The hype around smart cities is significant and growing. As evidenced by consumer-facing exhibits like those found at CES 2018, terms such as “5G,” “autonomous vehicles” and “blockchain” have garnered buzz in many industries. However, the state of actual smart city development varies across city limits.
On a municipal level, budget constraints, security concerns and a lack of resources have presented obstacles for some stakeholders hoping to advance their smart city plans. “It is fair to consider whether the futuristic visions of hyper-connectivity and advanced livability, enabled by accessibility to vast streams of data, can withstand the very real concerns that municipalities cannot afford the technologies behind smart city projects,” wrote Fred Ellermeier, vice president and managing director of Connected Communities for Black & Veatch, a global engineering, procurement, construction (EPC) and consulting company.
In a report titled, 2018 Strategic Directions: Smart Cities & Utilities Report, Black & Veatch surveyed 644 utility, municipal, commercial and community stakeholders from across the U.S. to compile data on smart city development and progress. The charts below illustrate the perceptions of these stakeholders and indicate the direction smart cities are moving in 2018.
From bike-share services to autonomous shuttles and microtransit, many cities have found the quickest and most tangible way to improve city offerings and move toward a smart future is through transportation opportunities. Electric utility and grid modernization opportunities closely follow, however, and these city agencies face a number of circumstances in which cross-agency collaboration can advance smart city priorities, such as the adoption of electric vehicles.
Public-private partnerships (P3s) are an important tool for getting past the sticker shock of upfront costs,” the report reads. And this rings true for all cities hoping to advance smart city initiatives with the industry expertise (and wallets) of folks across the private sector.
Though President Trump recently told a group of lawmakers that P3s are “more trouble than they’re worth,” a number of cities from Los Angeles to Washington, D.C. have touted the offerings of newer P3 models due to the level of flexibility they bring to project development.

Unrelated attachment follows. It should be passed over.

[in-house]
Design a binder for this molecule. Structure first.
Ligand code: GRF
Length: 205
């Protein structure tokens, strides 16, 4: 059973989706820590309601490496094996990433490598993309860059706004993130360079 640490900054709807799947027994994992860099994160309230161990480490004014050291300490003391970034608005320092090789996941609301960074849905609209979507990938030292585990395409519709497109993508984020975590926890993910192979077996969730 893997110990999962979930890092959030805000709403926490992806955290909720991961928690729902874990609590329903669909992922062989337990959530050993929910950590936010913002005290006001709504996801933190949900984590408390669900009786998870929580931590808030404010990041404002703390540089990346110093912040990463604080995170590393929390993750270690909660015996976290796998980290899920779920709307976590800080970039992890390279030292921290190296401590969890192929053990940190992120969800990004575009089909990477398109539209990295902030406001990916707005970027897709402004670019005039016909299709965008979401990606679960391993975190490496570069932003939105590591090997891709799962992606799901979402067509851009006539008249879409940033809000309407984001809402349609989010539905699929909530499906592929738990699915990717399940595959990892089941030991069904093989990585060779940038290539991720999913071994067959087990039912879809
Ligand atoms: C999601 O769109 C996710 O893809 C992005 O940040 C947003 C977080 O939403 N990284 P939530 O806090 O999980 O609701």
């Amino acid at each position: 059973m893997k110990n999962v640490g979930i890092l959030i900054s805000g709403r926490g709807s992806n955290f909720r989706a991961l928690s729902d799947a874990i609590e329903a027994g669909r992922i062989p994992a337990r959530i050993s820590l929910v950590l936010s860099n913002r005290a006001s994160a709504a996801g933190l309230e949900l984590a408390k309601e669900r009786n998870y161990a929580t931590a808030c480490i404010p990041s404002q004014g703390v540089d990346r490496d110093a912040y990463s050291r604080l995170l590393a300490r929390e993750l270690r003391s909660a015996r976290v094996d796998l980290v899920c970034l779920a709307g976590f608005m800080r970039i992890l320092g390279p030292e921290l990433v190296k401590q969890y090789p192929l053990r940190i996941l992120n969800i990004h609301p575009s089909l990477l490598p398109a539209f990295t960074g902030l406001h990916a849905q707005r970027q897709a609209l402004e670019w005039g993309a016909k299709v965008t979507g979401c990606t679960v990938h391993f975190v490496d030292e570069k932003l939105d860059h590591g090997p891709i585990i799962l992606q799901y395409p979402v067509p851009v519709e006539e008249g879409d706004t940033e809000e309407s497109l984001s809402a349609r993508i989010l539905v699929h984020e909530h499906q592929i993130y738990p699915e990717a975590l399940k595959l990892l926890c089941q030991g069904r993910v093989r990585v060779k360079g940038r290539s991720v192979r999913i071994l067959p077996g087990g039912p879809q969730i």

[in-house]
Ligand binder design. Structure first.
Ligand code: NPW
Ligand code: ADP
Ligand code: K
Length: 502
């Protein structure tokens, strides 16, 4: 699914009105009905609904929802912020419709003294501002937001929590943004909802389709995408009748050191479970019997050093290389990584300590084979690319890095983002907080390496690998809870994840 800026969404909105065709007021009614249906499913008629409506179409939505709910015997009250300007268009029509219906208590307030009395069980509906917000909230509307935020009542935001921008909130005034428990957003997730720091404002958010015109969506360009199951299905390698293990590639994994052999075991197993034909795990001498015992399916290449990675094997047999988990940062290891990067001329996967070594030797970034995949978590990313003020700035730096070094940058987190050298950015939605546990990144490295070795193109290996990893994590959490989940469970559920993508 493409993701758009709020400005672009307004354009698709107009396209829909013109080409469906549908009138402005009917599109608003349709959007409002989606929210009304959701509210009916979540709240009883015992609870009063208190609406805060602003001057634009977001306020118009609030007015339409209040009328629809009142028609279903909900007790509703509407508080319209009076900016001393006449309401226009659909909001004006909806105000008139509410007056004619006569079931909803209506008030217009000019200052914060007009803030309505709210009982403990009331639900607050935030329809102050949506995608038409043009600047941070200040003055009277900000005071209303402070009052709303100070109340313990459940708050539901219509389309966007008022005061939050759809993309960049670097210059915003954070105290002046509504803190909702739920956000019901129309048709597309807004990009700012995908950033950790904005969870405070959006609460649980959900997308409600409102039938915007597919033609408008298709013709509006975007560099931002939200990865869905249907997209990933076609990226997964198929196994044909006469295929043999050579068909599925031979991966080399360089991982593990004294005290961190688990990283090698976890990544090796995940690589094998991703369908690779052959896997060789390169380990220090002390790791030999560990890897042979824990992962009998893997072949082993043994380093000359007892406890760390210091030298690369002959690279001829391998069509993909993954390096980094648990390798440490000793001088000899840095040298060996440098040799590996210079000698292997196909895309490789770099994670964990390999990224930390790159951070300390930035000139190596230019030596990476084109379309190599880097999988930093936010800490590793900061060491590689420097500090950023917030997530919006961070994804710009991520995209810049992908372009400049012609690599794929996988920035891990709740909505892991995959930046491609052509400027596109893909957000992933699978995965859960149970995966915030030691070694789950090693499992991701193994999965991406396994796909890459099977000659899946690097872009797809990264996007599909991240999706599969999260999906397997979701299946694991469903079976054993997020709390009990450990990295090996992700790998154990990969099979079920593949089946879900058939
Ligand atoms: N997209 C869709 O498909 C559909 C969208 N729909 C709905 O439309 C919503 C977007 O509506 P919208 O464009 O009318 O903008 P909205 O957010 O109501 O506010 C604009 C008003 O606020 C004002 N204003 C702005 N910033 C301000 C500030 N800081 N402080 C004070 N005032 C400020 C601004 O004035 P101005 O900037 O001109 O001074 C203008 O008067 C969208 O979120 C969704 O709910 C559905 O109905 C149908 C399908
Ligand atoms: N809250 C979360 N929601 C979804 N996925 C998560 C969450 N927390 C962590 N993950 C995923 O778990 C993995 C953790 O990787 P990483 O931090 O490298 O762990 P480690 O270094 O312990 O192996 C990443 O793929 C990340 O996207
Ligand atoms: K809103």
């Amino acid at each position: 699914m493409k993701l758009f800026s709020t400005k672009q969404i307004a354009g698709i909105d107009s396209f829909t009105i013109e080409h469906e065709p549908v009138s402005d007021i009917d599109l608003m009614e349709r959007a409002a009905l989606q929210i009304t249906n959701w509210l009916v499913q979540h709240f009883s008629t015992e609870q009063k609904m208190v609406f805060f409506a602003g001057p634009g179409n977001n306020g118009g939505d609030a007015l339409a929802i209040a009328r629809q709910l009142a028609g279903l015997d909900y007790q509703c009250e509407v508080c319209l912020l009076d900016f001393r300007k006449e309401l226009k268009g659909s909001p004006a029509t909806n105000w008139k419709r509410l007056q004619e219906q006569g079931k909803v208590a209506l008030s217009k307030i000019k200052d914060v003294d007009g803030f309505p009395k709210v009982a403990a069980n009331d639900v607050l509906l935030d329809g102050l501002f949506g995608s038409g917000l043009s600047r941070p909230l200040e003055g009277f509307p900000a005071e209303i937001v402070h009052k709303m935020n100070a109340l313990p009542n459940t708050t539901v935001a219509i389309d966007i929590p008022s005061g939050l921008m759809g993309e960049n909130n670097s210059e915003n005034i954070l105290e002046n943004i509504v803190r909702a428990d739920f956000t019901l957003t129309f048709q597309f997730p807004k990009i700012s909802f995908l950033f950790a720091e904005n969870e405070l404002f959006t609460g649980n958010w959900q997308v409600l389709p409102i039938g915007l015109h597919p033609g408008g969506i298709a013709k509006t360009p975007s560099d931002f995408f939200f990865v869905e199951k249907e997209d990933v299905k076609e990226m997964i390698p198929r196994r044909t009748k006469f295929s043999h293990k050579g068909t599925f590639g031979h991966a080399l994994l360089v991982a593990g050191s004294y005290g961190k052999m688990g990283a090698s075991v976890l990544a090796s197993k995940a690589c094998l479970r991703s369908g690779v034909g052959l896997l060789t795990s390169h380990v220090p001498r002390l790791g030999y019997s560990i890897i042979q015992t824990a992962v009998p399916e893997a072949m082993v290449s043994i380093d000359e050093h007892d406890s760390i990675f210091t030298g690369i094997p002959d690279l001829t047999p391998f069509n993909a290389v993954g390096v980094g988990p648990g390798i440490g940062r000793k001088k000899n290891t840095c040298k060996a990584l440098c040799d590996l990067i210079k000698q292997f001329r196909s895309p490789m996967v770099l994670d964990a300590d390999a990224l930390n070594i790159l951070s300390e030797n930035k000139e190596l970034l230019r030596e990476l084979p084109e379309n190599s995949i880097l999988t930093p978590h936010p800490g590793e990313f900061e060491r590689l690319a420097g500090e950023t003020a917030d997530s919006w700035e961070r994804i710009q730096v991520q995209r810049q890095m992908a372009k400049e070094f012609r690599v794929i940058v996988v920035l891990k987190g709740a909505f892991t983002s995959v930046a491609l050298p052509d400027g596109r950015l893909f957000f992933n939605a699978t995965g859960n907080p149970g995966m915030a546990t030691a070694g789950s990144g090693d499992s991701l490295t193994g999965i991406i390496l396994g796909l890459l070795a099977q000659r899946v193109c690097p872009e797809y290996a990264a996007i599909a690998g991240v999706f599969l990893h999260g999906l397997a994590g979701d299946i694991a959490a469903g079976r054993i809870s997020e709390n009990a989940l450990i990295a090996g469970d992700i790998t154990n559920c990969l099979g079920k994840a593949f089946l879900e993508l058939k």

Electrifying a fleet of municipal-owned vehicles, especially larger transit vehicles including city buses, is no easy task. Following the footsteps of other large transit agencies, the New York MTA recently announced a plan to operate an electric bus route in the city, but the three-year pilot will only test 10 buses, in-part due to the costs of modernizing the system. Black & Veatch notes that today’s electric buses are priced around $750,000, though upfront cost parity is “just a few years away through economies of scale as demand and production volume increases.”
Despite announcements of self-driving cars without steering wheels, or autonomous technology that will read drivers’ brain waves, mainstream adoption of AVs may be further away than it seems. Report findings indicate that, “while half of municipalities and smart service providers believe that autonomous vehicles will have a transformational impact on cities around the world, they still are widely unsure of how these projects will scale” — and 30% of respondents are not familiar with AVs at all. As automakers continue to push new AV technologies, it is up to municipal leaders to further study the impacts of AVs on their cities in order for any autonomous transportation innovation to really hit the ground.
“Intent on safeguarding the nation’s largest electric grids from potential mayhem, federal regulators have stepped up their oversight of the security of power utilities in an attempt to protect it from threats and incidents such as widespread, long-duration blackouts caused by digital saboteurs,” the report reads. Though, as cybersecurity concerns increase, so do capabilities of hackers, and these dangers have already been demonstrated in cities including Dallas, where a computer hack set off more than 150 emergency sirens across town.
City stakeholders must prioritize implementing security measures in their networks as soon as possible. Some cities have even brought on chief privacy officers to help address these security concerns and instill proper security practices.
Municipal government leaders cannot develop a smart city on their own. Collaboration and citywide communication are key, and 43% of survey respondents have reported collaborating with utilities to advance smart city initiatives. These internal collaborations facilitate smarter communities, and increase the success rate of smart city projects by simplifying the process of incorporating data into operational habits, according to Seattle Smart City Coordinator Kate Garman.
Avots: Smartcities Dive